Read the full article on Content Commerce Insider

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Trending News From China

  • Shoppers on Taobao Live have been taking notice of the rising popularity of livestream host Cherie (Xueli), who recently surpassed Li Jiaqi in the rankings, placing her right behind the platform’s top seller Viya. Cherie has only been in the e-commerce livestreaming business for a year, and she got a boost from her anniversary celebration/fan festival, “Beyond the Next Wave,” which featured celebrities such as Wang Feifei and Wu Xin (both contestants on Mango TV’s hit reality competition “Sisters Who Make Waves,” 乘风破浪的姐姐) and rapper Aifu Jieni (aka After Journey). The livestreamed event garnered more than 34 million views online and sold RMB 330 million ($48 million) worth of products, breaking Cherie’s previous record. 

  • Cherie is also turning 30 this year, which ties her to an important consumer demographic that has been at the center of entertainment content trends this summer, as seen on “Sisters Who Make Waves,” which put a novel spin on the popular idol group competition format by featuring established female celebrities over the age of 30, as well as Dragon TV’s hit drama “Nothing But Thirty” (三十而已), with the central focus once again on “older” women. In the world of e-commerce, 80% of Taobao Live livestreamers are women who fall within the range of Gen X to Gen Z, but around half of the top 50 livestreamers on the platform in July were over 30.

  • The tiny doll craze is big business in China, and more brands are piling on to collaborate with top toymakers. One such brand, Line Friends, partnered with Tmall via its flagship store on the platform to create a fan experience with participation from more than 70 brands, including global names such as Häagen-Dazs and Logitech. The “We Are Super Friends” (超级萌友) event on August 18 sold more than 35,000 units, boosted by Li Jiaqi’s involvement and promotion of the campaign via Weibo. One of Line Friends’ most figures, Brown, also hosted a warm-up livestream on August 17, which featured 80 new items at a 25% discount, which drew 1.3 million views. 

  • Ent Data’s latest rankings of celebrity commercial value puts actress and “goddess of goods” Yang Mi at the top of the women’s list, boosted in part by her appearance on Mango TV’s latest season of “The Great Escape” (密室大逃脱), followed by actresses Zhao Liying and Kitty Zhang. Among men, idol Wang Yibo was first, followed by Jackson Yee and actor Huang Xiaoming. The report incorporates factors such as celebrity net worth and popularity to determine the leaders in each category.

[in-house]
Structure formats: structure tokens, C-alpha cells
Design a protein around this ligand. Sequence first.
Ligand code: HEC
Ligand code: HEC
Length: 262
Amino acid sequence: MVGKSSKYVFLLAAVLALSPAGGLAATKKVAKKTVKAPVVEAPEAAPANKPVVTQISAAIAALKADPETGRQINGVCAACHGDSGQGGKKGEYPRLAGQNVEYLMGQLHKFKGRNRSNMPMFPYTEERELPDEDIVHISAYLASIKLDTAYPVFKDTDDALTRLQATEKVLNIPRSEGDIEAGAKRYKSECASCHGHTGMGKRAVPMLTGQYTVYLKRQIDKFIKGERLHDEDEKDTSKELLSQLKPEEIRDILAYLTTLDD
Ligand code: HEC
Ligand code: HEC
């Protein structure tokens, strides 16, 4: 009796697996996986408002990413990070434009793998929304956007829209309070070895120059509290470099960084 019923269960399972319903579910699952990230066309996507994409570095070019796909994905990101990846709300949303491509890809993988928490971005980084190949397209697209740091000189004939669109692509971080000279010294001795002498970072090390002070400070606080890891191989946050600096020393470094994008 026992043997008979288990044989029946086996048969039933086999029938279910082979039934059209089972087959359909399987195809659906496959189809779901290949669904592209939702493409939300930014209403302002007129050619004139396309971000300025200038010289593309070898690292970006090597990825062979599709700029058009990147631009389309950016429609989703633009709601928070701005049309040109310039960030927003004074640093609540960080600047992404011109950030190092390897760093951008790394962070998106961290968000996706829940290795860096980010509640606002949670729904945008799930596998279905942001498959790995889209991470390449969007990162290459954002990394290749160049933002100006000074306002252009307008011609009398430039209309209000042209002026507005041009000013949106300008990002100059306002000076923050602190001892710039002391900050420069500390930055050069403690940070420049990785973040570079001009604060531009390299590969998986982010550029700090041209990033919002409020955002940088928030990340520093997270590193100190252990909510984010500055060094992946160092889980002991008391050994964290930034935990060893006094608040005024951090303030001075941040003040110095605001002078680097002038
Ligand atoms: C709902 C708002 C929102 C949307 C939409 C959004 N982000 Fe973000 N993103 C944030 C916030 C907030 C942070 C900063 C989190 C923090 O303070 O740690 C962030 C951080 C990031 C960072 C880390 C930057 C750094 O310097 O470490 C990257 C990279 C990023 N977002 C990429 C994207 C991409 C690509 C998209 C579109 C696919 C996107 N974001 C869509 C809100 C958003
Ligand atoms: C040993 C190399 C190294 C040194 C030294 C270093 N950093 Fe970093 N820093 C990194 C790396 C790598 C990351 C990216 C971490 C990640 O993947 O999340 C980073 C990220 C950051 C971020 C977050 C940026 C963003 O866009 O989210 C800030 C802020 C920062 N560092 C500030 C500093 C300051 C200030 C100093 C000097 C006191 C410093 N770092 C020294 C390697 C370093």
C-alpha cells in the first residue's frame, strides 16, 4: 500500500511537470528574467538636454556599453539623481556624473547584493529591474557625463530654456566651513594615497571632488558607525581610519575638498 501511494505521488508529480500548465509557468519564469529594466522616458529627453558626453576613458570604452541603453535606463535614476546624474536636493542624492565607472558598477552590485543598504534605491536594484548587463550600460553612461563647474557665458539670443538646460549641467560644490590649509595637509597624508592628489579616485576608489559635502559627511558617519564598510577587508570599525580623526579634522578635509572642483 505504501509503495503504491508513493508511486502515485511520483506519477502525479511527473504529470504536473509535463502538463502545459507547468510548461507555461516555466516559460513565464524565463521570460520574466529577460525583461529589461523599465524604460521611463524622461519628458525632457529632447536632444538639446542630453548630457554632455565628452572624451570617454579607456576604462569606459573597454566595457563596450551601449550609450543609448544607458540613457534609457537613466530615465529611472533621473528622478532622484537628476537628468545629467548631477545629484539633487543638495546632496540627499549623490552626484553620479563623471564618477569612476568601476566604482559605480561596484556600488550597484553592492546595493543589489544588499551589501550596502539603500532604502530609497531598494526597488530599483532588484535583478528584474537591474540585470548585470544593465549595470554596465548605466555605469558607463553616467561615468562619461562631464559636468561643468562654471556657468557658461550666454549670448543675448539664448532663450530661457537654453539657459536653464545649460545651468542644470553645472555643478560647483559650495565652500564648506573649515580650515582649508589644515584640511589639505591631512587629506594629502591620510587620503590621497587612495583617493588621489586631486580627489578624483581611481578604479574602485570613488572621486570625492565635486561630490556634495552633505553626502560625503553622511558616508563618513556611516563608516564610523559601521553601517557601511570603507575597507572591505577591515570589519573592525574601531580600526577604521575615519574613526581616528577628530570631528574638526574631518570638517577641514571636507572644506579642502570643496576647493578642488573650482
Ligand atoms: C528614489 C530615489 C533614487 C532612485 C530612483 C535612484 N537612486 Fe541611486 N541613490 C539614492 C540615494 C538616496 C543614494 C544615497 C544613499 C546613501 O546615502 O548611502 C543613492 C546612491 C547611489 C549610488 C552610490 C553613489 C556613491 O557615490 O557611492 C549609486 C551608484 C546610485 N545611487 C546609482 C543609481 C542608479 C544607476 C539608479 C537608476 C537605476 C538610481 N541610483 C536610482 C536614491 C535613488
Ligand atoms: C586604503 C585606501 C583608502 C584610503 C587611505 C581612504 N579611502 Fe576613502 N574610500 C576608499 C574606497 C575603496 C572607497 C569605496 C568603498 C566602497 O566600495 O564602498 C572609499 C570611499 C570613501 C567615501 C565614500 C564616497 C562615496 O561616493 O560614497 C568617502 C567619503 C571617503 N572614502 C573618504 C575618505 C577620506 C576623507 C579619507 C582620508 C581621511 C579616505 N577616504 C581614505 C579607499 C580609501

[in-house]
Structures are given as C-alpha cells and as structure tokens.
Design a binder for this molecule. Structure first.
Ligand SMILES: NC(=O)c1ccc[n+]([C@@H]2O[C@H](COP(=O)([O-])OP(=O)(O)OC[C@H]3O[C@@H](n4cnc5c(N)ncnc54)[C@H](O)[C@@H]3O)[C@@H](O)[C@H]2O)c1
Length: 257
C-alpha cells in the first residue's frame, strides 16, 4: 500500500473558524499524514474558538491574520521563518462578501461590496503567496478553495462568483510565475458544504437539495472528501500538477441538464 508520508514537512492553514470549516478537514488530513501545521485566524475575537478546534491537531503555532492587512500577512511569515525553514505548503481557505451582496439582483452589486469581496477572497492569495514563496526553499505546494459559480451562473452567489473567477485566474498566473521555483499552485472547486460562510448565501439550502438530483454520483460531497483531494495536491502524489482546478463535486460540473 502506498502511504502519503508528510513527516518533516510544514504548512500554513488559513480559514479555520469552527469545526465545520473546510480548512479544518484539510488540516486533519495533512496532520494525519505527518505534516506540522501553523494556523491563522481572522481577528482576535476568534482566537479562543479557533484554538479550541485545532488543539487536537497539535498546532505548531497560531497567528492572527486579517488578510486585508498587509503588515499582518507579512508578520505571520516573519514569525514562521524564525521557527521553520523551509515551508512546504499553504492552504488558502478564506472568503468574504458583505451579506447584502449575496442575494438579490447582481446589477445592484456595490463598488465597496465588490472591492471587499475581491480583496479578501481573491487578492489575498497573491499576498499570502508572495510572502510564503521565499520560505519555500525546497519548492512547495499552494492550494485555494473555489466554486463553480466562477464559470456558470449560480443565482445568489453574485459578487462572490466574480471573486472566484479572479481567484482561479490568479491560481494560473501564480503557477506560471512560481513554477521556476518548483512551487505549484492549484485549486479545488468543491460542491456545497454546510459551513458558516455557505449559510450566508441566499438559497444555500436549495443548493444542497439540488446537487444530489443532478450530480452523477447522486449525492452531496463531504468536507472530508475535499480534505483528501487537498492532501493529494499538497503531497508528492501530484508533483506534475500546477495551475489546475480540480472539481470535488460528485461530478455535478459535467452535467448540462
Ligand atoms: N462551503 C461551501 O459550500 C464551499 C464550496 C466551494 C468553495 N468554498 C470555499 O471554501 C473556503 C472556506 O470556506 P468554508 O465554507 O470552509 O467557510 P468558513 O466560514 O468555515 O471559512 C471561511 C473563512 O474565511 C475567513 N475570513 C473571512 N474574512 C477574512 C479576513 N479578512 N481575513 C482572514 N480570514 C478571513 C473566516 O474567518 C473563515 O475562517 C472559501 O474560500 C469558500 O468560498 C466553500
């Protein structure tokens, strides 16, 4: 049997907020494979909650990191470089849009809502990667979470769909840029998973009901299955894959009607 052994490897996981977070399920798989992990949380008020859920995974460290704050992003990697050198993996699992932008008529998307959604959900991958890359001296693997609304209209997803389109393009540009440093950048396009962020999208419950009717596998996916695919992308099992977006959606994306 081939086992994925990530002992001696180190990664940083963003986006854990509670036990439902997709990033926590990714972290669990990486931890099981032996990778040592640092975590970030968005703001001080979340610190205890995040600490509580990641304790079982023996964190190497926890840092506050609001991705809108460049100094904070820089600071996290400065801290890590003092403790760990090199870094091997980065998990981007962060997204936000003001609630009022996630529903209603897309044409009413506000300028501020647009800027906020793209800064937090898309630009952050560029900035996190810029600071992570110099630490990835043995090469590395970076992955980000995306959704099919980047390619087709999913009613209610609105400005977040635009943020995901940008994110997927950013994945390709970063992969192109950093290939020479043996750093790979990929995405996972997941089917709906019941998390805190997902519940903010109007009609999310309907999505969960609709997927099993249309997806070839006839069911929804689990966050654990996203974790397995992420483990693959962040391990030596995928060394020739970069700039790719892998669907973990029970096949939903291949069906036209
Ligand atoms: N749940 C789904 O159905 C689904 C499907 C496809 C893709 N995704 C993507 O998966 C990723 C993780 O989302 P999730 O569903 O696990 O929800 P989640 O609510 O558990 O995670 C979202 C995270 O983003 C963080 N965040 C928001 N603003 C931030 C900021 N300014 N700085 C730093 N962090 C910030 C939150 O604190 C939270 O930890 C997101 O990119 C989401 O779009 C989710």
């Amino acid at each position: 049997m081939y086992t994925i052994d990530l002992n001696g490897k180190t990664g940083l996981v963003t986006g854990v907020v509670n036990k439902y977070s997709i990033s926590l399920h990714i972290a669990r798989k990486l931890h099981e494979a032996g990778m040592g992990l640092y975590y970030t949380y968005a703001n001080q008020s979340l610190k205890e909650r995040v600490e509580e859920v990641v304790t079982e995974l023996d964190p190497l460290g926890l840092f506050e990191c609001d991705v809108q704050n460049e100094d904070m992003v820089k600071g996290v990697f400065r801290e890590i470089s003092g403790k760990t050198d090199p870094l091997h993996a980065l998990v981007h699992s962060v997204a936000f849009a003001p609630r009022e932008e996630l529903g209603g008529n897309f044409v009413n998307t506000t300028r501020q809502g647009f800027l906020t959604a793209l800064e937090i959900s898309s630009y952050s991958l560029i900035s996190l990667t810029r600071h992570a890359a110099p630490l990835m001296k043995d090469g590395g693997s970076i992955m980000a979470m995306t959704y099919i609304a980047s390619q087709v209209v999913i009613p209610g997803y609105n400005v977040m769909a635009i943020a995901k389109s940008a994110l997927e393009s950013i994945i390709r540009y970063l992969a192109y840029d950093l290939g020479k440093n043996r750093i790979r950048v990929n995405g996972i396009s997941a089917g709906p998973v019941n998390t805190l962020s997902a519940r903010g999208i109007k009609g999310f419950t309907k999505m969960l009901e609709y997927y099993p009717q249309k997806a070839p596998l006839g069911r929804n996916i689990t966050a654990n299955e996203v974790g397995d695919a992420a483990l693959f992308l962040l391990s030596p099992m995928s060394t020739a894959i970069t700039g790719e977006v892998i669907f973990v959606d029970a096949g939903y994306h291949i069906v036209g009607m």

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News in English

  • India expanded its ban on Chinese apps to cover 118 popular titles including games such as Tencent’s PlayerUnknown’s Battlegrounds. New York Times

  • How Disney’s live-action “Mulan” was carefully crafted to appeal to Chinese audiences and boost the studio’s standing in the market. Wall Street Journal

  • Luxury brands are back to leveraging pop-ups, exhibitions, and other offline events to build consumer interest in China. Gartner

  • In its first outward investment, trendy toy maker Pop Mart is helping to finance M Woods Art, which operates two museums and runs related cultural events in Beijing. Pandaily

  • Alibaba is selling its livestreaming technology to other companies, with about 60 firms already taking part. KrAsia

  • Kuaishou led a $40 million round of investment in VR headset maker Nreal, which was founded by a former engineer with AR startup Magic Leap. Bloomberg

  • Chinese viewers are increasingly opting to cut ties with cable in favor of video streaming, a trend driven more by convenience instead of a desire to save money. SCMP

  • China is taking the lead on the future of fashion weeks, which will be used to communicate with and sell directly to consumers through digital channels. Axios

  • Luxury brands are increasingly dependent on Chinese influencers, but must take care to consider both short- and long-term strategies in working with them. SCMP

  • Idol Jackson Wang is partnering with StockX on an exclusive “IPO” (initial product offering) for his new Team Wang streetwear brand. FashionUnited

We’ve Got China Covered 

Thank you for reading! We’ll be back on Thursday. In the meantime, drop us a line if you have a story tip, are interested in collaborating, or just want to say hello.